This article is a book review of Getting Beyond Better, and it raises some very interesting concepts to explore about social entrepreneurship and social innovation.

Getting Started

Appropriate Subject Area(s):

Entrepreneurship, business management, social justice, social innovation

Key Questions to Explore:

  • What is social entrepreneurship?
Study and Discussion Activity

Introduction to lesson and task:

This lesson creates opportunities for students to explore social entrepreneurship and social innovation.

Action (lesson plan and task):

  • Ask students what a social entrepreneur is.
  • Using a T chart on the board, ask students to differentiate between an entrepreneur and a social entrepreneur.
  • Distribute the article for reading.
  • In small groups:
    • Have students discuss the following sentence from the article: “Social entrepreneurs try to understand the world around them, envision the future, build a model for change and scale up their solution so that it benefits more and more people.”
    • Have students dissect each of the components of the sentence, citing examples from their own community or experiences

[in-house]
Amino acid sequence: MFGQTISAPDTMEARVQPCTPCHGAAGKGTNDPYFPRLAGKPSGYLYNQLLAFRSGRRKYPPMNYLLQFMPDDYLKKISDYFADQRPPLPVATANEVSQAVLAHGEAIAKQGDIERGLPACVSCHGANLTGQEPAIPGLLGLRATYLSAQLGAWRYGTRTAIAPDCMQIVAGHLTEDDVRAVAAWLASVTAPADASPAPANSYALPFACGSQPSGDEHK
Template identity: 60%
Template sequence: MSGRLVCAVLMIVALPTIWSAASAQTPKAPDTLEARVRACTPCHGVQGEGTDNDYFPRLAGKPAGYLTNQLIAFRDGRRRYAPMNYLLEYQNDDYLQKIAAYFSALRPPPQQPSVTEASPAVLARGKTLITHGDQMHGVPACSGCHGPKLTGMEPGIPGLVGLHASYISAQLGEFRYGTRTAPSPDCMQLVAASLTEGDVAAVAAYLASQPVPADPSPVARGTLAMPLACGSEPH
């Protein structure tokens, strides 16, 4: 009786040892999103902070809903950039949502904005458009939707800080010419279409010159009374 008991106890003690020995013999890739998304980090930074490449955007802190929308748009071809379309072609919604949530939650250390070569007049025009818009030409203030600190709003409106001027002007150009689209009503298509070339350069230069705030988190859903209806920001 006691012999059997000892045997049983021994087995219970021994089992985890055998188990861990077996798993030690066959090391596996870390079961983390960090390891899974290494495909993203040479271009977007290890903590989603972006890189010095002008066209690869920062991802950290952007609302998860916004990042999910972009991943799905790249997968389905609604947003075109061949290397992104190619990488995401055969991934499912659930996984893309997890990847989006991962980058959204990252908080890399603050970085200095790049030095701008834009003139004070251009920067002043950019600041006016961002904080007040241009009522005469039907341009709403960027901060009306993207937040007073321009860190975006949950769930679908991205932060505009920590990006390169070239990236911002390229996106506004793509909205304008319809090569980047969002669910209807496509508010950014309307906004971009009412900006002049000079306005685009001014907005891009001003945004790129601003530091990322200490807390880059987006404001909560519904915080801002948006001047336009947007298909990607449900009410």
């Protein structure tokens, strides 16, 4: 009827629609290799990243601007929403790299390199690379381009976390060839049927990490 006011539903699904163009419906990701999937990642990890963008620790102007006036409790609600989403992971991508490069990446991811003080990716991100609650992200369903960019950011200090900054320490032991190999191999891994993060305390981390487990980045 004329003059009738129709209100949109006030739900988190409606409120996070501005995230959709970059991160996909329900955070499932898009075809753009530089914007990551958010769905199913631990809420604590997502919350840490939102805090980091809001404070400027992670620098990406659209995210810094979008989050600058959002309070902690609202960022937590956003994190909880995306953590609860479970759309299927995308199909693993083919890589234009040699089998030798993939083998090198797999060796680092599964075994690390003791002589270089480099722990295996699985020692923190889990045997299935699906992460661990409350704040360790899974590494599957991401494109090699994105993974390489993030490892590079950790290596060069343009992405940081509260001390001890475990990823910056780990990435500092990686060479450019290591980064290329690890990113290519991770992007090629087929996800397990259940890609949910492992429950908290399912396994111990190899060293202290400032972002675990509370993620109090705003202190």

• Understand the world around them
      • Envision the future
      • Build a model for change
      • Scale up a solution
    • Select a representative to share the key highlights of their discussion with the class.
  • As a class, identify social enterprises in your community. Discuss how they have applied the components discussed in 4b.

Consolidation of Learning:

  • The article outlines three powerful tensions that social entrepreneurs encounter. Ask students to select one from appreciation and abhorrence; expertise and apprenticeship; and experimentation and commitment and write a brief paper outlining their understanding of the concept and why it is relevant to social entrepreneurs.
Success and Additional Learning

Success Criteria:

  • Students understand the difference between a social entrepreneur and a for-profit entrepreneur.

Confirming Activity:

  • Entrepreneurs often see what others do not.  This article discusses the insight gained from being an expert and an apprentice at the same time when it comes to social entrepreneurship.  Have students discuss how this would apply to a for-profit entrepreneur.